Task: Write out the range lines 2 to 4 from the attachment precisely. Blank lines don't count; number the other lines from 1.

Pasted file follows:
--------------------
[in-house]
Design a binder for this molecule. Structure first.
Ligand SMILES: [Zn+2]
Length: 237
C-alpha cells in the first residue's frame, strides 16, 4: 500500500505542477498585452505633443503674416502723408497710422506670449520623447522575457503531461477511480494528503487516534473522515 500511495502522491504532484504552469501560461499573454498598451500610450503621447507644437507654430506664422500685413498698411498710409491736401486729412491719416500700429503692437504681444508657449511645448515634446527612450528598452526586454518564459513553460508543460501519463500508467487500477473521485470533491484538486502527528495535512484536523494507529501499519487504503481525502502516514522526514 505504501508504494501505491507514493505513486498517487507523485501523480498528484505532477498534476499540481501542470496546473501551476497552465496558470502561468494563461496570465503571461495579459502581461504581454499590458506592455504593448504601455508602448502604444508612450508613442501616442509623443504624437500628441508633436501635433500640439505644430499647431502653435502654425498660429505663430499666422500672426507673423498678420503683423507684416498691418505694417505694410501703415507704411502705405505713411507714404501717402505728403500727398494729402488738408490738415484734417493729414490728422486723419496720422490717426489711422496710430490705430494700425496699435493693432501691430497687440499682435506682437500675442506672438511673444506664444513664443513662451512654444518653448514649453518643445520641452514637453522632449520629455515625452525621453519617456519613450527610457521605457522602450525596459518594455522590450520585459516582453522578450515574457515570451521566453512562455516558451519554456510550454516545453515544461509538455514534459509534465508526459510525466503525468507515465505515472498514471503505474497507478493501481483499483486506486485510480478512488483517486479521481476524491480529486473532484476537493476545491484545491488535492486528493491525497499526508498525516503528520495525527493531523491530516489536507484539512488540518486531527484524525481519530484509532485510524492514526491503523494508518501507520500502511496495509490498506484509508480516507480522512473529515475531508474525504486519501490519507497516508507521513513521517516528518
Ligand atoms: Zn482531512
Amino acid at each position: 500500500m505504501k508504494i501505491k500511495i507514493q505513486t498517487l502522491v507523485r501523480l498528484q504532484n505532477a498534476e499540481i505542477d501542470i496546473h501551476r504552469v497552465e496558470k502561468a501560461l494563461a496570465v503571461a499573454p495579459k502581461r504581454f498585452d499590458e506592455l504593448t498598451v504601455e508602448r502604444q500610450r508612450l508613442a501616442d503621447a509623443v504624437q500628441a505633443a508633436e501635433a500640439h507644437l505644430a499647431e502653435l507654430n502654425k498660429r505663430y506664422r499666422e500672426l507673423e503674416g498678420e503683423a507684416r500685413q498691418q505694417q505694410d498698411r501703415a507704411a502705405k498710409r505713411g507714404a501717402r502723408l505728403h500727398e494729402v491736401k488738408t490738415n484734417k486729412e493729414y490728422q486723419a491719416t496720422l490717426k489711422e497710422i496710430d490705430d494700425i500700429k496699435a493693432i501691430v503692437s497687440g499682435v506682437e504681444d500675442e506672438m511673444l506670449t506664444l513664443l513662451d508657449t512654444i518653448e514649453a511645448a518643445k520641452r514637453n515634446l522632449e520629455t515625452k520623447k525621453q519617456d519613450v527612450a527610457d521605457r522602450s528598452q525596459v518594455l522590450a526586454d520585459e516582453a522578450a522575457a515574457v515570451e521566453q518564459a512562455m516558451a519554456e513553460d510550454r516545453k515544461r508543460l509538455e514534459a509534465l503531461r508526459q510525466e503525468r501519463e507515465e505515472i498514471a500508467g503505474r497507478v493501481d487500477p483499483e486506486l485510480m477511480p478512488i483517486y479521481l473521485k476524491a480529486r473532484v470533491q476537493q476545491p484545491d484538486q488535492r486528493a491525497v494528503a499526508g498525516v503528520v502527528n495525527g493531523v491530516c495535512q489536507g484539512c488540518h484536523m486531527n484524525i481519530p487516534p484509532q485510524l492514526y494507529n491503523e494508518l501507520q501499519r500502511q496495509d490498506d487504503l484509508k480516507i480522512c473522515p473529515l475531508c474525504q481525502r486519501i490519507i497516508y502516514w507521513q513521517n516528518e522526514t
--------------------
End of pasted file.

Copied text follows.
Design a binder for this molecule. Structure first.
Ligand SMILES: [Zn+2]
Length: 237